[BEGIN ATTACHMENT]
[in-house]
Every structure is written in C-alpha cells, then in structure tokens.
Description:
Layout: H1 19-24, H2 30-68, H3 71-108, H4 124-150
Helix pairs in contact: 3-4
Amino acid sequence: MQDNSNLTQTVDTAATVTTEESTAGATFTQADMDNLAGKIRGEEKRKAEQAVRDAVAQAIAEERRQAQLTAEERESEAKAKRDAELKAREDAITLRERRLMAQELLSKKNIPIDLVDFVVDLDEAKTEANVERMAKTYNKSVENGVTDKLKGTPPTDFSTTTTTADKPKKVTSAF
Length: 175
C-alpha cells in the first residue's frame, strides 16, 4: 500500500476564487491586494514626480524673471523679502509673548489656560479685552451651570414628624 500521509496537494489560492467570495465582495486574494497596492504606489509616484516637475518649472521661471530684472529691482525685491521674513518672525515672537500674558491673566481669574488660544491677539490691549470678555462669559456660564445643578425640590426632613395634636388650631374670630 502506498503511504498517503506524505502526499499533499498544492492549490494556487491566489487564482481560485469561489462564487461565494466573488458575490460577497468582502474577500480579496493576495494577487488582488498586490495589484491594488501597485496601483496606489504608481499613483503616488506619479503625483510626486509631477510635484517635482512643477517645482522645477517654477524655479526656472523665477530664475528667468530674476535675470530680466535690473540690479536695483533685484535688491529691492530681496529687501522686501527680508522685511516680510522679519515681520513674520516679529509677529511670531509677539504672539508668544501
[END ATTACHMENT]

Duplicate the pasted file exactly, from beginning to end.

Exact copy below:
[in-house]
Every structure is written in C-alpha cells, then in structure tokens.
Description:
Layout: H1 19-24, H2 30-68, H3 71-108, H4 124-150
Helix pairs in contact: 3-4
Amino acid sequence: MQDNSNLTQTVDTAATVTTEESTAGATFTQADMDNLAGKIRGEEKRKAEQAVRDAVAQAIAEERRQAQLTAEERESEAKAKRDAELKAREDAITLRERRLMAQELLSKKNIPIDLVDFVVDLDEAKTEANVERMAKTYNKSVENGVTDKLKGTPPTDFSTTTTTADKPKKVTSAF
Length: 175
C-alpha cells in the first residue's frame, strides 16, 4: 500500500476564487491586494514626480524673471523679502509673548489656560479685552451651570414628624 500521509496537494489560492467570495465582495486574494497596492504606489509616484516637475518649472521661471530684472529691482525685491521674513518672525515672537500674558491673566481669574488660544491677539490691549470678555462669559456660564445643578425640590426632613395634636388650631374670630 502506498503511504498517503506524505502526499499533499498544492492549490494556487491566489487564482481560485469561489462564487461565494466573488458575490460577497468582502474577500480579496493576495494577487488582488498586490495589484491594488501597485496601483496606489504608481499613483503616488506619479503625483510626486509631477510635484517635482512643477517645482522645477517654477524655479526656472523665477530664475528667468530674476535675470530680466535690473540690479536695483533685484535688491529691492530681496529687501522686501527680508522685511516680510522679519515681520513674520516679529509677529511670531509677539504672539508668544501